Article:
They called me Danny Dreamer a lot, even later when I was in high school and would come home all excited about some scheme I'd though up. I never considered my dreams wasted energy; they were invariably linked to some form of action. When I dreamed about having a lemonade stand, for example, it wasn't long before I set up a lemonade stand. I worked hard at it, and I sold a lot of lemonade. I worked at a grocery store one summer when I was still in grammar school. I worked at my uncle's drug store. I worked in a tiny music store I'd started with two friends. I worked at something whenever possible. Work is the meat in the hamburger of life. (pg 15)
Alger's early life revolved around education and teaching. He eventually came to the conclusion that he liked neither for his purpose. Instead, in 1866, he moved to New York City, which proved to be a turning point in his career. He was immediately drawn into the world of impoverished young bootblacks, newspaper boys, and peddlers. He spent much time of his time with young men and often ate his meals and slept at the Newsboys' Lodging House. Alger's empathy with the young working men, coupled with the moral values he learned at home, formed the basis of his first novel Ragged Dick. The book was an immediate success, spurring a vast collection of sequels and similar novels. From the Preface Ragged Dick; or Street Life in New York with the Boot-Blacks:
Several characters in the story are sketched from life. The necessary information has been gathered mainly from personal observation and conversations with the boys themselves. The author is indebted also to the excellent Superintendent of the Newsboys' Lodging House, in Fulton Street, for some facts of which he has been able to make use. Some anachronisms may be noted. Wherever they occur, they have been admitted, as aiding in the development of the story, and will probably be considered as of little importance in an unpretending volume, which does not aspire to strict historical accuracy. source
The story of McDonald's didn't actually begin with Ray Kroc. Its historic "rebirth" may have been nurtured and sometimes demanded by him but, it was also the vast numbers of people who contributed their time, energy and ideas that propelled the McDonald's franchise. It was also Ray Kroc's firm belief in himself and his product, whatever that product was, milk shake machines or paper cups, that made his investment worthy in the making of McDonald's. And, a little bit of luck.
In the early 1930's in Southern California there developed a remarkable phenomenon in the food service business. It was the drive-in-restaurant, a product of the Great Depression's crimp on the free-wheeling lifestyle that had grown up around movie-happy Hollywood. Drive-ins sprouted in city parking lots and spread along highways and canyon drives...Aspiring starlets worked as carhops, glad of any opportunity that would help them pay rent and exhibit their charms at the same time...One of them had his girls zooming around his parking lot on roller skates...Into that strange scene came my future mentors in the hamburger business, the McDonald brothers, Maurice and Richard, a pair of transplanted New Englanders. Maurice had moved out to California in about 1926 and got a job handling props in one of the movie studios. Richard joined him after he was graduated in 1927.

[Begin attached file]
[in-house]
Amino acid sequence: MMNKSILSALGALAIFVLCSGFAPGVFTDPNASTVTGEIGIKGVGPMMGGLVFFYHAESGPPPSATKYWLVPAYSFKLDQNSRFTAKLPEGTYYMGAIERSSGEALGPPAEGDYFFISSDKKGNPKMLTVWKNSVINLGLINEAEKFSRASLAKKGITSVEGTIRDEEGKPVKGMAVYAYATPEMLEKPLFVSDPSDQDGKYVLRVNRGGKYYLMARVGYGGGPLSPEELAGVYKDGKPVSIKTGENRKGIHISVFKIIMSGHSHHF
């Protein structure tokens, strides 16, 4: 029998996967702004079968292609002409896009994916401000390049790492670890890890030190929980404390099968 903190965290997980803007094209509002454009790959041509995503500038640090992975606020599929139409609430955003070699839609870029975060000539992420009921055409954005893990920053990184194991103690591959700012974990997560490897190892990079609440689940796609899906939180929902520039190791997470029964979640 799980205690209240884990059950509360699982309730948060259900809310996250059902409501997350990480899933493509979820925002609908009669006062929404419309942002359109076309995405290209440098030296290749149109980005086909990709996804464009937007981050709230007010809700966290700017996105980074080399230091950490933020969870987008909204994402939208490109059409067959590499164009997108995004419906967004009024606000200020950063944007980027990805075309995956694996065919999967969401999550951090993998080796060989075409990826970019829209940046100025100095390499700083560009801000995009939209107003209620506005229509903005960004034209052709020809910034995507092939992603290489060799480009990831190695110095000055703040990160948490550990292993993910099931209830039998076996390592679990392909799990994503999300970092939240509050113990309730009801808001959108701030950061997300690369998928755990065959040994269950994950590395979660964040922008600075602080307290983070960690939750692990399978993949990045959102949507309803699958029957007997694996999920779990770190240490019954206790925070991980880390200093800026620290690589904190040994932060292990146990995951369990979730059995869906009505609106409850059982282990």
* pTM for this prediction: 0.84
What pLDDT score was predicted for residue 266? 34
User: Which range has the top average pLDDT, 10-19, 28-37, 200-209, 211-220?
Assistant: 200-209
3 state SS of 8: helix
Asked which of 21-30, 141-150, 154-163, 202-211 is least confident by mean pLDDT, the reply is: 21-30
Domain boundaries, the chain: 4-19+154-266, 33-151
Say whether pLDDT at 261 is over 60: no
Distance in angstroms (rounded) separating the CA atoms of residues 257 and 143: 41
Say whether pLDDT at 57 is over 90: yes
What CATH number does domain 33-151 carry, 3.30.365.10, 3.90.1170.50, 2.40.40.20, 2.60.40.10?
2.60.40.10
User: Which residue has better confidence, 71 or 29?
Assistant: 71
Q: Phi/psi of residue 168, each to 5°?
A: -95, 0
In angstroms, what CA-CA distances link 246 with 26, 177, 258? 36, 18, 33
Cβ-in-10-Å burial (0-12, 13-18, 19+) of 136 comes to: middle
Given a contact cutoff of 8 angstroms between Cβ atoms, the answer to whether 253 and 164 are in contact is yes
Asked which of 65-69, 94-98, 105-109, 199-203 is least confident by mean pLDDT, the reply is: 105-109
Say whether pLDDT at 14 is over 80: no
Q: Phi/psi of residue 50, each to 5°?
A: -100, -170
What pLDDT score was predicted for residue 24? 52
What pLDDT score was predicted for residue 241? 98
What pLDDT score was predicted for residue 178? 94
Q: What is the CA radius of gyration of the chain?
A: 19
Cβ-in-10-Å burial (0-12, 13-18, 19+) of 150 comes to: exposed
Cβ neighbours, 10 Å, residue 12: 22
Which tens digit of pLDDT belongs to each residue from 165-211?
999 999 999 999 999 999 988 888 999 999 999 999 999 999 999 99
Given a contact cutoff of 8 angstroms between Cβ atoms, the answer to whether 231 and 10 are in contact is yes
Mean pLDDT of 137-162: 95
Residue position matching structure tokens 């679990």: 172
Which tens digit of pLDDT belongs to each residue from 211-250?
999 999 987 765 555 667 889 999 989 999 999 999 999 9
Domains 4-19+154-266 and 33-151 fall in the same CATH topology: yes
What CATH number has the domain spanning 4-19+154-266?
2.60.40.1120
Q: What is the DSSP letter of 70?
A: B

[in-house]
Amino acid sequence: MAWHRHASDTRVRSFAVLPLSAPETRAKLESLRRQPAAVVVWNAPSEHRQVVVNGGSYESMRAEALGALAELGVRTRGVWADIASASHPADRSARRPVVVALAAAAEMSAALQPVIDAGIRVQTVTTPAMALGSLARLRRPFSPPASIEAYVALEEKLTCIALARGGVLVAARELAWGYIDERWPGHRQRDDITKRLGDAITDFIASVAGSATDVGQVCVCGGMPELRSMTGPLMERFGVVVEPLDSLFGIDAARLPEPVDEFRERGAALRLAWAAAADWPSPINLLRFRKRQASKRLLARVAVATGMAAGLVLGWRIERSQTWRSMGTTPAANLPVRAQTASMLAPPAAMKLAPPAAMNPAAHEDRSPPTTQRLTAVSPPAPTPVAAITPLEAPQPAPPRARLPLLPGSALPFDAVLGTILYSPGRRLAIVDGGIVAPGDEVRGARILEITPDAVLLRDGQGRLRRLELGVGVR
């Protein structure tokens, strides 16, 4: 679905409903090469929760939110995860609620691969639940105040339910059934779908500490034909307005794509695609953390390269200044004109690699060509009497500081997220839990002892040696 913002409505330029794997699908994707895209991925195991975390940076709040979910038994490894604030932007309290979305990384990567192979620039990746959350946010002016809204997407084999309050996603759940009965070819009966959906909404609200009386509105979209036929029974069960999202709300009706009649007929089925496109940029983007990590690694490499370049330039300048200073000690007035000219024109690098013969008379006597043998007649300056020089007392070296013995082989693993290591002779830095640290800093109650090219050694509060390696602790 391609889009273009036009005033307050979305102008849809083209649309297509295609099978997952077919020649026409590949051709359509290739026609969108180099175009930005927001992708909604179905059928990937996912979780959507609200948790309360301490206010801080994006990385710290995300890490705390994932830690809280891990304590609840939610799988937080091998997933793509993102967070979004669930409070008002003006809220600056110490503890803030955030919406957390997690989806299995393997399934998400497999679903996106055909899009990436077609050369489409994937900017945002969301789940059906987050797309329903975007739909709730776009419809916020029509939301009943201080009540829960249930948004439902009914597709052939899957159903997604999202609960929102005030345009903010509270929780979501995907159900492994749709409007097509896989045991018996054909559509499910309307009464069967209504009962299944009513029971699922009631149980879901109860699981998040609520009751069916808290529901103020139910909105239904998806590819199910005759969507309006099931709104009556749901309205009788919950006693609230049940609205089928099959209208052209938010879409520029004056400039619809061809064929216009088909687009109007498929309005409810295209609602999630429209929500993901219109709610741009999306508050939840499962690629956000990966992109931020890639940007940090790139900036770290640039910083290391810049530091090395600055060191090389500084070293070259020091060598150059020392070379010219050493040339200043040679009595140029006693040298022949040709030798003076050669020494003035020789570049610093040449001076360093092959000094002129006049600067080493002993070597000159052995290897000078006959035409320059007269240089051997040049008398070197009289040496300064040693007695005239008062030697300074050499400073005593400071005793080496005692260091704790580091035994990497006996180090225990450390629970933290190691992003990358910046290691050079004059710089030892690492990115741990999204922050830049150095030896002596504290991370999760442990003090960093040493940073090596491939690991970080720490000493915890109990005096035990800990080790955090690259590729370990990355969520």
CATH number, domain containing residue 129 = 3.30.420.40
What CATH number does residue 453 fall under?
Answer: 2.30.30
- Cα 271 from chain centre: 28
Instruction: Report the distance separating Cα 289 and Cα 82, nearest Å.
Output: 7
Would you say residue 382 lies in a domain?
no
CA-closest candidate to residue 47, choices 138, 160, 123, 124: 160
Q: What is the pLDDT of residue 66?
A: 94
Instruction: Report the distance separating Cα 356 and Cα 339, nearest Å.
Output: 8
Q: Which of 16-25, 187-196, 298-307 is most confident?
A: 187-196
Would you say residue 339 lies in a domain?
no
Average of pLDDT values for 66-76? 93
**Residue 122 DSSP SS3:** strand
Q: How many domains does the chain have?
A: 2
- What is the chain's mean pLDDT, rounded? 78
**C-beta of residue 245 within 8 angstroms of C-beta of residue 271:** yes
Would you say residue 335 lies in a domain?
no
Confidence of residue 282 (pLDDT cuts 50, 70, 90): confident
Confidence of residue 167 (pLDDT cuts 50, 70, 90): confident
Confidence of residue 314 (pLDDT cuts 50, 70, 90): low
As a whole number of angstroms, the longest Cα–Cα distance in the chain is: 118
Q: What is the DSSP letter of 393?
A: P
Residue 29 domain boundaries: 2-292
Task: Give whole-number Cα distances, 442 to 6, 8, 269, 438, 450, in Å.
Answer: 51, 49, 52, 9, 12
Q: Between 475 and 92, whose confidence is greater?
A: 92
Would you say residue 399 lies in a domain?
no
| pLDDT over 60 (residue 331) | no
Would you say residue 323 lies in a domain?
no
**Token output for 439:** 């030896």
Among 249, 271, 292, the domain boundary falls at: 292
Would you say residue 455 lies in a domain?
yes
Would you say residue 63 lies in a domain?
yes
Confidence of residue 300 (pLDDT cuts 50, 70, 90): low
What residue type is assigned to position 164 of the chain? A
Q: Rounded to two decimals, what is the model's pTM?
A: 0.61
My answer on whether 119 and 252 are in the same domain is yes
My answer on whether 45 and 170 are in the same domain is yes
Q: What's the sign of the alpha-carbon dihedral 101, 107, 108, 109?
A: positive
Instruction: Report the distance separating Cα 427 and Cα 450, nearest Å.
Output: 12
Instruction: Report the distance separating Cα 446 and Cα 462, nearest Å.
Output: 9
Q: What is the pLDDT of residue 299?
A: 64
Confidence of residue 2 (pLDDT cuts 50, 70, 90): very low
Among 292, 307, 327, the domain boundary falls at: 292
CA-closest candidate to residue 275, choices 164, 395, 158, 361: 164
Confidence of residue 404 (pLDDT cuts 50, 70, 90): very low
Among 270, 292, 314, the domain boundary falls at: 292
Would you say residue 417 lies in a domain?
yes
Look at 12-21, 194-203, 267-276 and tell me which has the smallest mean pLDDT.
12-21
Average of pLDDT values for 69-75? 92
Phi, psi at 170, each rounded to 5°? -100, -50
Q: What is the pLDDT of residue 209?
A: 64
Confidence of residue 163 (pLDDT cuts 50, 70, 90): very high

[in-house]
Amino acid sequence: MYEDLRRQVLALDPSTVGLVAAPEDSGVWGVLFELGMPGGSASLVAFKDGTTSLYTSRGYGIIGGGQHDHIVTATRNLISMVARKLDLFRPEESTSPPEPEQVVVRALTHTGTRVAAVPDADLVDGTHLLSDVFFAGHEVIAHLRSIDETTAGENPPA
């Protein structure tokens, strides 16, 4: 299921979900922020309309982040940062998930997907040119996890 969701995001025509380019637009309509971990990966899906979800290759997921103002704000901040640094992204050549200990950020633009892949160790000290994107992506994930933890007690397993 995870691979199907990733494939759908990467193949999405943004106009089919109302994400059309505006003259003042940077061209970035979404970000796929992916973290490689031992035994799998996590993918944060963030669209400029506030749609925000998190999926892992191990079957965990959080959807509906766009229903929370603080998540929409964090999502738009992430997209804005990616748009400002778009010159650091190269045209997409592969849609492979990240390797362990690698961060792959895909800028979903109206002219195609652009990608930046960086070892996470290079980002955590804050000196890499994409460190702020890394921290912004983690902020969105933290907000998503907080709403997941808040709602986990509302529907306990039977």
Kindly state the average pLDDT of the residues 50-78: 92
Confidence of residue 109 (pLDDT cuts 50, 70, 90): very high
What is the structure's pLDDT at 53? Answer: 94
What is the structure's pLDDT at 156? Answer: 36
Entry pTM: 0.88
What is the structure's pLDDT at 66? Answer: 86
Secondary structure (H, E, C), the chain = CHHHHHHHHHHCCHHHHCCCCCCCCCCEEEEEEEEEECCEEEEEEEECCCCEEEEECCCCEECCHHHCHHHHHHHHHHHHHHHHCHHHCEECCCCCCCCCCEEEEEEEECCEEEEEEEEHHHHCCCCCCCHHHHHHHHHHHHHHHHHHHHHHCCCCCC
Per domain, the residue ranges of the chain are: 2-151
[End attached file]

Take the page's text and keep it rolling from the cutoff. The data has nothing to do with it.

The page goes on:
The above is an excerpt from chapter 6 of the book. It details the shrewd innovative mind of Ray Kroc and the journey which begins his career as "Hamburger King." He quickly picks up on the possibilities of a drive-in hamburger restaurant. "Of course, the simplicity of the procedure allowed the McDonalds to concentrate on quality in every step, and that was the trick" he wrote. In 1954, he approached the brothers with the idea of opening a lot of similar restaurants for them. Surprisingly, the notion fell upon him not because of the profit hamburgers could produce but because he saw it as a way to sell more multimixers. Admittedly, Ray Kroc never thought to simply copy the McDonald's brothers plan, the idea never crossed his mind. Before long, they drew up an agreement. During the course of negotiations, Kroc learned the two brothers had licensed 10 other drive-ins. He had no interest in them but he wanted franchise rights to their operations everywhere else in the U.S. The buildings would have to be exactly as theirs including the newly drawn up plan for the golden arches. The name McDonald's would remain to his satisfaction. "I had a feeling that it would be one of those promotable names that would catch the public fancy" he wrote. He agreed with the contractual clauses that obligated him to follow their plans right down to the last detail including signs, menus and unit plans. "I should have been more cautious" he wrote.